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Broadband Backlash: Where it Comes From and How To Fix it

By Howard Baldwin, Contributing Columnist

It’s easy to find positive news about broadband. Around the globe, government studies show the link between broadband and economic benefit. On the Connected Life Exchange, more examples abound, including my recent posts Broadband: Exploring the Demographic Patterns and How Broadband Reduces Small Business Expenses.

But it’s also becoming easy to find backlash against broadband. It’s neither limited by source or geography. In some cases, politicians rail against its cost; in other cases, citizens rail against its benefits. Read More »

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Developing Commerce in Africa: Phone Company in a Box

I never thought of paint as being an important part of the engine of commerce.

That is, until I met Ueli Frei, who heads FUNDES International, an NGO that fosters economic growth among micro-businesses in Latin America. His team helped a group of independent “mom and pop” drug stores band together and operate, in many ways, as a single retailer.

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Online Streaming: Beyond The Radio Dial

By Kayvon Siadat, Guest Columnist

The addition of online streaming content has helped KSCU 103.3, Santa Clara University’s non-profit, volunteer run radio station, tremendously.  Before the radio station had this technology our listenership was limited to however far our radio signal would go, which is, give or take 30 miles in any direction.

Now with advances in technology we are able to deliver our content to anyone in the world at any time.  Currently, a big portion of our listeners use our online audio stream (computer, smart phone, etc.) and because of that we are able to bring local content to a much bigger scale now.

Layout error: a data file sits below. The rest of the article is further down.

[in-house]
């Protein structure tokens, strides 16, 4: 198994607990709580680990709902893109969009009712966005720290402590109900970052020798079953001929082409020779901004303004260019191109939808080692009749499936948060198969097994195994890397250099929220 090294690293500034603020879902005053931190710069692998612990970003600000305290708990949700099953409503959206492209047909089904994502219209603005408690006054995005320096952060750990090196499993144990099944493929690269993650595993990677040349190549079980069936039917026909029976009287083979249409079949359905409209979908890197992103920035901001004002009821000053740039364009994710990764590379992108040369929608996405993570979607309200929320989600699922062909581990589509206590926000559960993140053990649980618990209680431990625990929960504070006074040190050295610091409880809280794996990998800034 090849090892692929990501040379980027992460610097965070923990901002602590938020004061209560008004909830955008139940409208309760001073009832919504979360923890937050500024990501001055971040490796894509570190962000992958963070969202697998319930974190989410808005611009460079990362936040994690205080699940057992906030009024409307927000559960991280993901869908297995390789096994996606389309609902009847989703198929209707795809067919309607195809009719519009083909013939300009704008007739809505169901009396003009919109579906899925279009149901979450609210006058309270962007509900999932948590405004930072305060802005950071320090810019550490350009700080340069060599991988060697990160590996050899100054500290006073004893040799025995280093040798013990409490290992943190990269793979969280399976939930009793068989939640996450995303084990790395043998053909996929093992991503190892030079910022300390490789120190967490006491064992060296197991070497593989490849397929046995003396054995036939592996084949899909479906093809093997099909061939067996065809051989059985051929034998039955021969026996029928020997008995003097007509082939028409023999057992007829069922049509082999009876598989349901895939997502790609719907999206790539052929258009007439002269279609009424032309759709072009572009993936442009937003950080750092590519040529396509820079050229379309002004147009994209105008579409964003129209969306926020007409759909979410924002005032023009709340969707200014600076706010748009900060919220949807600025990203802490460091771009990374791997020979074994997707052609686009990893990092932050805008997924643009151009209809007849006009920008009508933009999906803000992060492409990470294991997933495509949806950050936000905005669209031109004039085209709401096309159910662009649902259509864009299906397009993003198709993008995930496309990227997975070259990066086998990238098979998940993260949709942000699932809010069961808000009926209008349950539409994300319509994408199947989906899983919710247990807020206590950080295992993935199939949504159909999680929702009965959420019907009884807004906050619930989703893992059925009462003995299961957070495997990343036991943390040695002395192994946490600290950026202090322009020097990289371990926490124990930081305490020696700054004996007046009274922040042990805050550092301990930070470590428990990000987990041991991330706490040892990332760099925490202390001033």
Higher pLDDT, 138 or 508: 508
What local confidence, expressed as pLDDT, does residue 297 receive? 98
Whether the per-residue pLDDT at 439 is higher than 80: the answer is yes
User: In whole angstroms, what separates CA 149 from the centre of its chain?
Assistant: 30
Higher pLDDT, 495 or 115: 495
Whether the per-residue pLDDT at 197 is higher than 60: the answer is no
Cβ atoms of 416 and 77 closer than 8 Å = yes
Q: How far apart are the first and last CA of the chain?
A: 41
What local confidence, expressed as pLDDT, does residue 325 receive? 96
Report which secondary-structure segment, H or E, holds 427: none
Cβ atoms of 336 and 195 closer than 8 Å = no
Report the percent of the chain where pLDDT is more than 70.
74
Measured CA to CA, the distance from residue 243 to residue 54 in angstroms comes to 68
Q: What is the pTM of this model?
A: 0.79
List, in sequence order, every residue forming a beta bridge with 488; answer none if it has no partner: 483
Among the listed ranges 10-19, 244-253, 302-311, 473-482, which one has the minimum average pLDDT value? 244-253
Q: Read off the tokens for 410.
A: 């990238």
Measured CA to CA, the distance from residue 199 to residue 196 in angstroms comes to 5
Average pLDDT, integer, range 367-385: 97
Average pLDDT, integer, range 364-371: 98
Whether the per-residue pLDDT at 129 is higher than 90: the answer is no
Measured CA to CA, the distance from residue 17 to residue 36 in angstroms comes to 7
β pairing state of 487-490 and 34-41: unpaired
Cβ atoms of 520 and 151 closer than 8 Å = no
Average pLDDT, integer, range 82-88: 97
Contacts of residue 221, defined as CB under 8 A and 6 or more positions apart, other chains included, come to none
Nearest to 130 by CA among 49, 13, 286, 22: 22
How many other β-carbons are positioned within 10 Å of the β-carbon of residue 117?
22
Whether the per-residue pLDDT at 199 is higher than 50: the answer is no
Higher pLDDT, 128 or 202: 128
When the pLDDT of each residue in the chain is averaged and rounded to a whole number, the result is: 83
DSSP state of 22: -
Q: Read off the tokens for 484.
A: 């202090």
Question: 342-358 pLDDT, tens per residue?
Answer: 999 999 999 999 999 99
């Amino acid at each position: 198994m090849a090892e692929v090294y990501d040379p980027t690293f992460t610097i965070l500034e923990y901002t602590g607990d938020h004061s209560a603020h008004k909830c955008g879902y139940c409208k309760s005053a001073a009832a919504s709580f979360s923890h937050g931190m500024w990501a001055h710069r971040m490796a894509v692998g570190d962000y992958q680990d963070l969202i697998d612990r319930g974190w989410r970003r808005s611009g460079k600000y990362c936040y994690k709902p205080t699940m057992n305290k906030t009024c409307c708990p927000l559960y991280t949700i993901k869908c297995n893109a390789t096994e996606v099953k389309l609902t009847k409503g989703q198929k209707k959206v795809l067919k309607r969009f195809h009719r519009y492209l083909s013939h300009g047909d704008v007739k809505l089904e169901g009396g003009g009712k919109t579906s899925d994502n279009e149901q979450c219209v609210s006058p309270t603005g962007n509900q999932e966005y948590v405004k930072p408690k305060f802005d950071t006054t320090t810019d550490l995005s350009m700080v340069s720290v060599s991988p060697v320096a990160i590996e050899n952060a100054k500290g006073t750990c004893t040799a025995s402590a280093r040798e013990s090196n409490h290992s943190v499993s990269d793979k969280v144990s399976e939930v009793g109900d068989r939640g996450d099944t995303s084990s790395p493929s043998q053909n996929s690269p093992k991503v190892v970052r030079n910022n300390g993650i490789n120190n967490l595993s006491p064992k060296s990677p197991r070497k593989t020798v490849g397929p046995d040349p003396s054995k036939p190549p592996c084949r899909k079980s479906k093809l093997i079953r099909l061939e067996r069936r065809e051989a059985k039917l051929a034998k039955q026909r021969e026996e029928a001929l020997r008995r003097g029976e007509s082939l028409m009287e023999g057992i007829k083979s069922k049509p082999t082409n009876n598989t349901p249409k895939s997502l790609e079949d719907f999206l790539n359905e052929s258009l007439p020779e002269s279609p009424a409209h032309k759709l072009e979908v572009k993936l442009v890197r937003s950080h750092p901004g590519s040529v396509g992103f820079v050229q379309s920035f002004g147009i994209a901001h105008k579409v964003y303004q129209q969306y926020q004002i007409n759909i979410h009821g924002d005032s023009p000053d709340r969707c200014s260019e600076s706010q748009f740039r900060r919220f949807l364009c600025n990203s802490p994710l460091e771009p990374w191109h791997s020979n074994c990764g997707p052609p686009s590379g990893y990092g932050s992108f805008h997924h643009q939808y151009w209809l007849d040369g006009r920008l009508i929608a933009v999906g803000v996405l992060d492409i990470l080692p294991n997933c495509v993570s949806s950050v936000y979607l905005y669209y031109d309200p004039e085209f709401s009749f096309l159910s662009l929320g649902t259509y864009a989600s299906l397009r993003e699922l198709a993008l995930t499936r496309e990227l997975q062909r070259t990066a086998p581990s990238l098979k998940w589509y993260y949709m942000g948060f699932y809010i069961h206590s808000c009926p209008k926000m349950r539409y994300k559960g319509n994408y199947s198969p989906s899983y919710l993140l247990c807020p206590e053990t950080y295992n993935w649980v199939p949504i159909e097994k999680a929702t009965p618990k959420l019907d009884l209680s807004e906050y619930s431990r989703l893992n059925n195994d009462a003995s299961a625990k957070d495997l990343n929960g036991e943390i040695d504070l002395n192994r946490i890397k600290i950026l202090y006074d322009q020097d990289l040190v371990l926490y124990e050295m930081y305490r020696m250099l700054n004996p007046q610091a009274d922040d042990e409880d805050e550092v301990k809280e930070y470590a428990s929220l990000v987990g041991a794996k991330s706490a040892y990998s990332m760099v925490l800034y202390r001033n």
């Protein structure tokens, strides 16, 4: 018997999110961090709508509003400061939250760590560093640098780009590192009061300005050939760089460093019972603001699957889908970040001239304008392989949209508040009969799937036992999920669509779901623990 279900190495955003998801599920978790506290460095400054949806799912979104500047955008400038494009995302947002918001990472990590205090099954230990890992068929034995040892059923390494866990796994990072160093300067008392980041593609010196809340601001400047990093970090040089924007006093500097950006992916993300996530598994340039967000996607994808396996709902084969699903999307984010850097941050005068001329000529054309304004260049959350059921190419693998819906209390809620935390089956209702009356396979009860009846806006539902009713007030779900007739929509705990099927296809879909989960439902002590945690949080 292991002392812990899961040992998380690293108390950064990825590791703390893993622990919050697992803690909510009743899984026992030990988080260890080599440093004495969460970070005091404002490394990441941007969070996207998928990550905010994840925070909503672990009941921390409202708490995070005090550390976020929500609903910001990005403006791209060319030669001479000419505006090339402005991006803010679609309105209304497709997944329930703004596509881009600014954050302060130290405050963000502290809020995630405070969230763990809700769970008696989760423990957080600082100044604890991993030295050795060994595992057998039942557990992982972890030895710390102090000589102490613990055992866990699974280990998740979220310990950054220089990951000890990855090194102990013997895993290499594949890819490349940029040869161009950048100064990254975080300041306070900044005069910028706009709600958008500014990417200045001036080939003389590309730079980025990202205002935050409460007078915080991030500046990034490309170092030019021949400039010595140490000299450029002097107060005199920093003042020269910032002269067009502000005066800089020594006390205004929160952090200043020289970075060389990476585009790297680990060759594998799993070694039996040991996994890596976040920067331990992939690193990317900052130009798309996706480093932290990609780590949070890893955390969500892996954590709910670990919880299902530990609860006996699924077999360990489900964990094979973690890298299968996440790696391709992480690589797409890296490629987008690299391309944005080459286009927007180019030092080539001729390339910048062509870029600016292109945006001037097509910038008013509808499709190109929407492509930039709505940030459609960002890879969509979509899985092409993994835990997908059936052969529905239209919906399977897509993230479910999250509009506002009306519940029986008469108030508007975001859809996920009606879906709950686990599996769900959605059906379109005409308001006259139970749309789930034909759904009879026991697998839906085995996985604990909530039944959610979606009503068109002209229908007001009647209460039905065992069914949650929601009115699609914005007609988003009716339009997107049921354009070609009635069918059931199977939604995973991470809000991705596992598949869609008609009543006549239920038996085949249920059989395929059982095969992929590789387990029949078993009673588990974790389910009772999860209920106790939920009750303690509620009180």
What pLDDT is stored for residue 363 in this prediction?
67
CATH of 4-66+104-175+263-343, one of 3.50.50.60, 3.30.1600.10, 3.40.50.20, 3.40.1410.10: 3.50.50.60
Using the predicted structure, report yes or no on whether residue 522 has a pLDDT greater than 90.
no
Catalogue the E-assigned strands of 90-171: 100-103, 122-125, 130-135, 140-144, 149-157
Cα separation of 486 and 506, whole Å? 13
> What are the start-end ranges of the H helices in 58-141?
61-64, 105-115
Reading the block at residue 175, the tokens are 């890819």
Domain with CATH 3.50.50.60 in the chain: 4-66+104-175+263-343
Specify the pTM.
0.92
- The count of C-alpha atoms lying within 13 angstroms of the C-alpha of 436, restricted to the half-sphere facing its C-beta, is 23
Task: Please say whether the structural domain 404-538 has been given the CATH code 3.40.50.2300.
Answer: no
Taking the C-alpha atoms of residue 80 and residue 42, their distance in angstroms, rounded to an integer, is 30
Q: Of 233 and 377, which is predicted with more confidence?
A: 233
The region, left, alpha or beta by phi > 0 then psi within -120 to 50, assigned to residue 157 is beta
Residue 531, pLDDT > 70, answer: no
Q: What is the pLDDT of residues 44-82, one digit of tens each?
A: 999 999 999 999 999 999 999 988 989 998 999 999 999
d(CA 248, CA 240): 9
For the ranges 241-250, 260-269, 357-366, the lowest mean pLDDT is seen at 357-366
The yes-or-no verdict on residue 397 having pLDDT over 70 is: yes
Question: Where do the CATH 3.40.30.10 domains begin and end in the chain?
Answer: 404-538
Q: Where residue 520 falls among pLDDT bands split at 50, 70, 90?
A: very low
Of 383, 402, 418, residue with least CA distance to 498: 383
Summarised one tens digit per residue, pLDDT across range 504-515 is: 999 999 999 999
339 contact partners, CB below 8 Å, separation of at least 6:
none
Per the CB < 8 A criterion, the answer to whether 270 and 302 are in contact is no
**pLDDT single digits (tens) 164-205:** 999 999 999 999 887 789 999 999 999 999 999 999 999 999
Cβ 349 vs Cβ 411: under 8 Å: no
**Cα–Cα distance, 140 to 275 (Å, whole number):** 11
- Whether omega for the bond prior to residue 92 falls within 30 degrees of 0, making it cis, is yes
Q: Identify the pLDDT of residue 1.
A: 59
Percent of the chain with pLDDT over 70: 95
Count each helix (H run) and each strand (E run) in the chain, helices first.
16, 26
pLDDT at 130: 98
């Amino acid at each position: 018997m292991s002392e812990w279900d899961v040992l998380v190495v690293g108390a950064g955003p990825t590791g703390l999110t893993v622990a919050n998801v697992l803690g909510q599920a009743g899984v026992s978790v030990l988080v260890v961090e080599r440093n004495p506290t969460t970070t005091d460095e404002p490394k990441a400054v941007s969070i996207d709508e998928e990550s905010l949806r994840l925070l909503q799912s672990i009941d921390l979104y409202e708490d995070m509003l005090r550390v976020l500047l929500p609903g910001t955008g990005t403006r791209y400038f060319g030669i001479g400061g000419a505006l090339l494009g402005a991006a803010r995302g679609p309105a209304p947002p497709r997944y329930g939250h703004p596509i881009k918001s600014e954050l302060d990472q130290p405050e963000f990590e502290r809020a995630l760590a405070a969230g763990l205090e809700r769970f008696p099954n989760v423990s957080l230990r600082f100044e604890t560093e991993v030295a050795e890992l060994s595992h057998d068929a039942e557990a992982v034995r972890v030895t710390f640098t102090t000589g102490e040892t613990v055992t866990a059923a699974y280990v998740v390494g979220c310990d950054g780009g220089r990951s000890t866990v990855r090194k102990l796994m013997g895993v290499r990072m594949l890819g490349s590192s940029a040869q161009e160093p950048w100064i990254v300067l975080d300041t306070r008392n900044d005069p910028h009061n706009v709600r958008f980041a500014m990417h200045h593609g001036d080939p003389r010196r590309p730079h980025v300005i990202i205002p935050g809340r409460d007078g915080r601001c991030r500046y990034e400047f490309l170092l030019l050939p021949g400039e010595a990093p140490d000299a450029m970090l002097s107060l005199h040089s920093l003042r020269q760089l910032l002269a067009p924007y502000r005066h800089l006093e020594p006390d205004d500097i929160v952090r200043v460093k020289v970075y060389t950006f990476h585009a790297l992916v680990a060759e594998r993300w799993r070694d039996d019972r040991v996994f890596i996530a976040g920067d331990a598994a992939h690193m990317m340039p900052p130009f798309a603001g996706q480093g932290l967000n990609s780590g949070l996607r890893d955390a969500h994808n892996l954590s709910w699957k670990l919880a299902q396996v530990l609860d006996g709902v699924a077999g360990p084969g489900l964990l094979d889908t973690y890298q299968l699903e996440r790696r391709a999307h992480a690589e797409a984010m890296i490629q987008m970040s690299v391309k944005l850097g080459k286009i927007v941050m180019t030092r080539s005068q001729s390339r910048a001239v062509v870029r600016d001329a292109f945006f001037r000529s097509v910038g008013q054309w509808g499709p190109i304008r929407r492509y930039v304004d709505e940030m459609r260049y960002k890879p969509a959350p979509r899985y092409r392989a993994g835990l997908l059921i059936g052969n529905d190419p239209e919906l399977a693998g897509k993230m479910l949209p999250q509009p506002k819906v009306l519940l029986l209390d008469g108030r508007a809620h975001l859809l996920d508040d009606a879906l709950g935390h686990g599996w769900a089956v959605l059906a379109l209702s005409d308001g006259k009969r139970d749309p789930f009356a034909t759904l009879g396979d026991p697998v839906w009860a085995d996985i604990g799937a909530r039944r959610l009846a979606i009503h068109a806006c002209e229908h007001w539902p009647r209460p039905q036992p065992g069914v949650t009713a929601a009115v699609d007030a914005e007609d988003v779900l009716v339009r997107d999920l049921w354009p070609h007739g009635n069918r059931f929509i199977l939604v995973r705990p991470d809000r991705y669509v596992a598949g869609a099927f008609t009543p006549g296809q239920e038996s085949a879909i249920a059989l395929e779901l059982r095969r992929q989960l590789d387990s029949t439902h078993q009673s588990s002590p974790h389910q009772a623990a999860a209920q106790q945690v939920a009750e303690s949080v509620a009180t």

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London 2012: the Olympic Network (part one)

Anticipation of the upcoming summer Olympic Games has already lifted my spirits. This week I received an invitation from Andrew Millar, the British Consul General in Houston, Texas – it’s an opportunity to attend a viewing party for the opening ceremony later this month. I’m really looking forward to that event.

You may recall that in my last story, the ICT Infrastructure Investment, I shared some of the interesting high-level details about economic outcomes and seven of the the key principles that were used to develop the overall ICT solution.

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Mobile Internet Applications in Rural Africa

By Molly Mattessich, Guest Columnist

In some ways, rural countries, including those in Africa, are ahead of the United States on technology. Without the infrastructure — offices, network lines, etc. — to use the Internet in more traditional ways, they have relied on cell phones to exchange information.

According to Cisco’s recent VNI Service Adoption Forecast (VNI-SA) research, mobile commerce ranks as the second-fastest-growing consumer mobile service, increasing at a 42.7 percent compound annual growth rate (CAGR) globally from 2011 to 2016. The Middle East and Africa will have the second-highest number of users in 2016, reaching 424 million.

Rural farmers in Africa, for example, now often use their cell phones to check commodity prices before heading to market, helping them improve their bottom line at times when a few cents can make a huge difference. Read More »

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